Saturday, Apr 01, 2023

Fintech Firms Offer Personal Loans On Tap. Do You Need To Be Cautious?

Fintech Firms Offer Personal Loans On Tap. Do You Need To Be Cautious?

Fintech firms may ask you for less documentation on personal loans. Know what's required and the risks to keep in mind

Almost every other day, you will get a message which says that you are eligible for a pre-qualified personal loan but it was not always easy to get one. That's changed to some extent now with fintech firms and platforms coming into the picture.

A personal loan is unsecured, unlike, say a housing loan where the house is the security backing it. Hence, a person comes with high interest rates of up to 24 per cent plus a lot of paperwork. However, with the advent of fintechs, the entire lending process has transformed. 

“Fintechs have transformed the financing space, with improved and convenient credit access. They leverage digital lending to provide personal loans quickly, with a refined customer experience,” says Vivek Veda, co-founder and CFO, KreditBee, a personal loan platform, and co-founder, FACE (Fintech Association for Consumer Empowerment).

Greater access to personal loans

The fundamental reason behind traditional lenders’ inability to extend credit to borrowers’ is the lack of data to underwrite them.  “Unlike traditional lenders, fintechs utilize advanced AI-models driven by efficient underwriting algorithms to leverage alternative data to evaluate borrowers’ present and future cash flows and assess their repayment capacity, more effectively,” says Veda.

This has enabled them to offer customized and more personalized financing products to the new-to-credit customers, who are otherwise underserved by the traditional lenders.

Traditional banks look at criteria such as loan duration, debt levels, salary, financial history and repayment ratio to assess the borrower’s capacity to repay the loan. This, however, leaves out many prospective borrowers with the ability to repay loans due to the lack of standard data examined by these traditional lenders.

“Since fintech borrowers analyze alternate data such as the borrower’s rent, utilities and auto payments, this information helps lenders weigh the risks from that particular borrower, irrespective of whether or not the borrower has a credit score,” says Agrees Gaurav Jalan, CEO and founder, mPokket, an app lending platform. 

Documents required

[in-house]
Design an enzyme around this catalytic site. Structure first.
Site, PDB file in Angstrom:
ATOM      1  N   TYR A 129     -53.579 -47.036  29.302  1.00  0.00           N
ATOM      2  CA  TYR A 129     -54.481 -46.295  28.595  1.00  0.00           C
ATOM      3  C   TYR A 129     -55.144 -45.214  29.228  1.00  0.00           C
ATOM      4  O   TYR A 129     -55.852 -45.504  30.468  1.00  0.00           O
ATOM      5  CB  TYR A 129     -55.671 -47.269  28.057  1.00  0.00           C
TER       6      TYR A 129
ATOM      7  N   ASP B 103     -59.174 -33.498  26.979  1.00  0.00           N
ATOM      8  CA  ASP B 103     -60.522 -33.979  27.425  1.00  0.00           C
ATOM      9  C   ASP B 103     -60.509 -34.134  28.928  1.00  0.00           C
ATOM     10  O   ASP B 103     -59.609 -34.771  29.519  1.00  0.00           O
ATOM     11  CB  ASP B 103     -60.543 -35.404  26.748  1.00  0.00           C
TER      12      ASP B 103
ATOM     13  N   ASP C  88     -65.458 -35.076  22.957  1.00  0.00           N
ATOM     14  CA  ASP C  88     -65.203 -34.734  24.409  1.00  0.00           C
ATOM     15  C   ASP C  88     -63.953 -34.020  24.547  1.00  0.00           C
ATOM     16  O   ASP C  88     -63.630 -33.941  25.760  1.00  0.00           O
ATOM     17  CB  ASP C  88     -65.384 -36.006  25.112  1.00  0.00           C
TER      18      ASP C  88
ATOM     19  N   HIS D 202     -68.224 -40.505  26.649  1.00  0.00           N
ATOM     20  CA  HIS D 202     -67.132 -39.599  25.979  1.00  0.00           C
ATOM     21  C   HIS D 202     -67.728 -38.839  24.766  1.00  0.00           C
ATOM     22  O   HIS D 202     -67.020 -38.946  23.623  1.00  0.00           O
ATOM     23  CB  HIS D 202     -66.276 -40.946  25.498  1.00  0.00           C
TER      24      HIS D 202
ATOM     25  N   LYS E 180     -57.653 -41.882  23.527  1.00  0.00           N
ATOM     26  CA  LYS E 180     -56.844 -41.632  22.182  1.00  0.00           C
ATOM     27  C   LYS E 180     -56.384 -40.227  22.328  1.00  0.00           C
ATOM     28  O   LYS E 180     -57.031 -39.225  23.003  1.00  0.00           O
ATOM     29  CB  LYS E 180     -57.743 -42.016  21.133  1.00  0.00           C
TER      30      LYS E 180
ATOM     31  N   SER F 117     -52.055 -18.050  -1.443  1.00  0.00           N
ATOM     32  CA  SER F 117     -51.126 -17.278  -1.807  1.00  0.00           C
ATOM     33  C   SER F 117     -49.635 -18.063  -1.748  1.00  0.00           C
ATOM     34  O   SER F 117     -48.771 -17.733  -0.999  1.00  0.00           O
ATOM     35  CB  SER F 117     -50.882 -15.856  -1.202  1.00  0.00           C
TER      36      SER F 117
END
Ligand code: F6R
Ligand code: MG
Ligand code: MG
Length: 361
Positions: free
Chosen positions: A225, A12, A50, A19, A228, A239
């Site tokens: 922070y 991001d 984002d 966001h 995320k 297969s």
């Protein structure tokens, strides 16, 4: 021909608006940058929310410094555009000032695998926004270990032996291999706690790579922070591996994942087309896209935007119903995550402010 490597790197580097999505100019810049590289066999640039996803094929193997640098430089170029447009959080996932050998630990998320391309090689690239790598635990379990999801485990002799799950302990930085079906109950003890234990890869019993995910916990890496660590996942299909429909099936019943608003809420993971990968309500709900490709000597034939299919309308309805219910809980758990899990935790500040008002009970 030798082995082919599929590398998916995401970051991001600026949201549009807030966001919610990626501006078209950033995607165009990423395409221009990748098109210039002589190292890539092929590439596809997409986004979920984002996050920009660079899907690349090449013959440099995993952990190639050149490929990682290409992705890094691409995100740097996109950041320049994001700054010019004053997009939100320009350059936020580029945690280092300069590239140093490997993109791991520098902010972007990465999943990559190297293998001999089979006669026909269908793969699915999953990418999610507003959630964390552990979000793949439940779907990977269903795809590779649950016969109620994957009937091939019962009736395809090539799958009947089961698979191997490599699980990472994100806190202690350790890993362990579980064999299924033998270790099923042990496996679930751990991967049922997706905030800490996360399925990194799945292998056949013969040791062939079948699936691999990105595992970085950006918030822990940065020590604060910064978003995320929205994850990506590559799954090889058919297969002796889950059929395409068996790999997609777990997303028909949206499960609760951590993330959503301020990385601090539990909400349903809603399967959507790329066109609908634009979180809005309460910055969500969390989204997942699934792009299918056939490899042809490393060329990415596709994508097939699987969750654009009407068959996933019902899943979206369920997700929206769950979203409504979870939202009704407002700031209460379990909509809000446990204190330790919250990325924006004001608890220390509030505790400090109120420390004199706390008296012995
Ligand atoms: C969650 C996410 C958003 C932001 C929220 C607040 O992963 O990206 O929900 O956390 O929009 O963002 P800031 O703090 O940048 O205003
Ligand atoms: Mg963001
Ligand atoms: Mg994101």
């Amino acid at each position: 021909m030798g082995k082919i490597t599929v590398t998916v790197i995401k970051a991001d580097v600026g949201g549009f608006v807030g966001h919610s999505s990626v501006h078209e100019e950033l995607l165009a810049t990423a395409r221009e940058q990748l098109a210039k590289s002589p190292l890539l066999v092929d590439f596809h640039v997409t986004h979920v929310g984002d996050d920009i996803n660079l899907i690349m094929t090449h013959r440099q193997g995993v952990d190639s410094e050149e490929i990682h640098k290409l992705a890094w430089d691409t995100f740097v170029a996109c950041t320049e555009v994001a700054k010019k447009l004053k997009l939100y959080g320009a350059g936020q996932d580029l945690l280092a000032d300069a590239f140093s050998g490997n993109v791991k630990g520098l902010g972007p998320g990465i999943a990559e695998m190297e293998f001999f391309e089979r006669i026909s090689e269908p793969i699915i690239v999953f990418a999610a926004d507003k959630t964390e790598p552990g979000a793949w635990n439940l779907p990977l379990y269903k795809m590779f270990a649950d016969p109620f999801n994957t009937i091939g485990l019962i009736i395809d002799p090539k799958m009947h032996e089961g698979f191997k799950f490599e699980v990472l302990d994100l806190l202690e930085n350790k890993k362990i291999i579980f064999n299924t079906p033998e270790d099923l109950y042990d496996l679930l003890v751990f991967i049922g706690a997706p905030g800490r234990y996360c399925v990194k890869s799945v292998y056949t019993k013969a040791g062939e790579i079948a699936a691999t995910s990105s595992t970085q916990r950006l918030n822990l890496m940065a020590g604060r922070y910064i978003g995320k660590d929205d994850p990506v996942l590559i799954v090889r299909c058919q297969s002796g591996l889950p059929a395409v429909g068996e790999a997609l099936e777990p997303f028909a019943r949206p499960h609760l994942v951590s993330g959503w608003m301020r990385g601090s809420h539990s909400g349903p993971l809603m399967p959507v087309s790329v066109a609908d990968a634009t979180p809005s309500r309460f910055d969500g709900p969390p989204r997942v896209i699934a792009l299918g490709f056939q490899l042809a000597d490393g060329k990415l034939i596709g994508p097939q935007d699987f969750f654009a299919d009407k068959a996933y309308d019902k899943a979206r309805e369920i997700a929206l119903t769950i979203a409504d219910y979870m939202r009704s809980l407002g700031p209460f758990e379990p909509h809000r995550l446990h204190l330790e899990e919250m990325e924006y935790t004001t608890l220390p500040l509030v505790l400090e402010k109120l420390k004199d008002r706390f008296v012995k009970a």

Traditional lenders often require proof of residence (Leave and License Agreement/Utility Bill (not more than three months old)/Passport), a proof of identity (Passport/Driving License/Voters ID/PAN Card) and salary slips for the past two or three months or the bank statement of the borrower.

Fintech firms don't always have such borrowers often need only a copy of the borrower’s PAN and Aadhar Card. In case one is a self-employed individual, the borrower may also be required to provide additional documents such as business proof or proof of continuity of business, or even the P&L (profit and loss) Accounts of the business, depending on the lender’s requirements. Fintechs might also ask for the past few months’ bank statements in some cases. But that is not always a requirement,” says Jalan. 

The KYC process

"Fintechs utilize the most efficient forms of customer verification processes utilizing digital KYC and video KYC, as opposed to traditional in-person KYC,” says Veda. These are paperless processes wherein, the fintechs verify and process live photos and Aadhaar ID of the borrowers online.

The official valid documents (OVD’s) such as Aadhaar, PAN Card, or a Driver’s license, are submitted online, without the borrower needing to step out and visit a financial institute. During the pandemic, video KYCs saw an upsurge, where an agent or an auditor collects the details using video-audio features and AI technology. 

“Borrowers can do their KYC digitally through Aadhaar OTP-based e-KYC and then connect on a video call with the lender’s representative for audio-video-based verification.  The video-KYC would be conducted over a live video feed with the representative, where a photograph of the borrower and clear images of the documents to be verified are captured,” says Jalan. 

Reasons for rejection

However, personal loans can be rejected by lenders for an array of reasons. The simplest may be that the borrower failed to fill in personal details correctly or did not provide complete information to the lender, as per requirements. “All borrowers need to meet the minimum KYC requirements set by RBI. Traditional lenders often reject borrowers if their credit score is too low or even if the borrower has many pending loans,” says Jalan.

Lenders might also reject a personal loan application if a borrower does not have a stable job or keeps switching jobs often. The borrower’s income is also a key point in deciding loan eligibility. 

Keep in mind

Personal loans should be kept as the last option when you need funds. “Make sure you have the ability to repay,” says AK Narayan, CEO, AK Narayan Associates, a financial planning firm.

It is also important to make your family aware of your financial commitments and not take too many loans at the same time. The idea is to not have too much debt.  

Also, before going for a personal loan make sure that the EMI is suitable so as to avoid defaults. “The easy availability of a loan should never be factor to avail of such loans,” says Narayan.

Also, you should not enquire about a personal loan from several lenders as it may affect your credit score.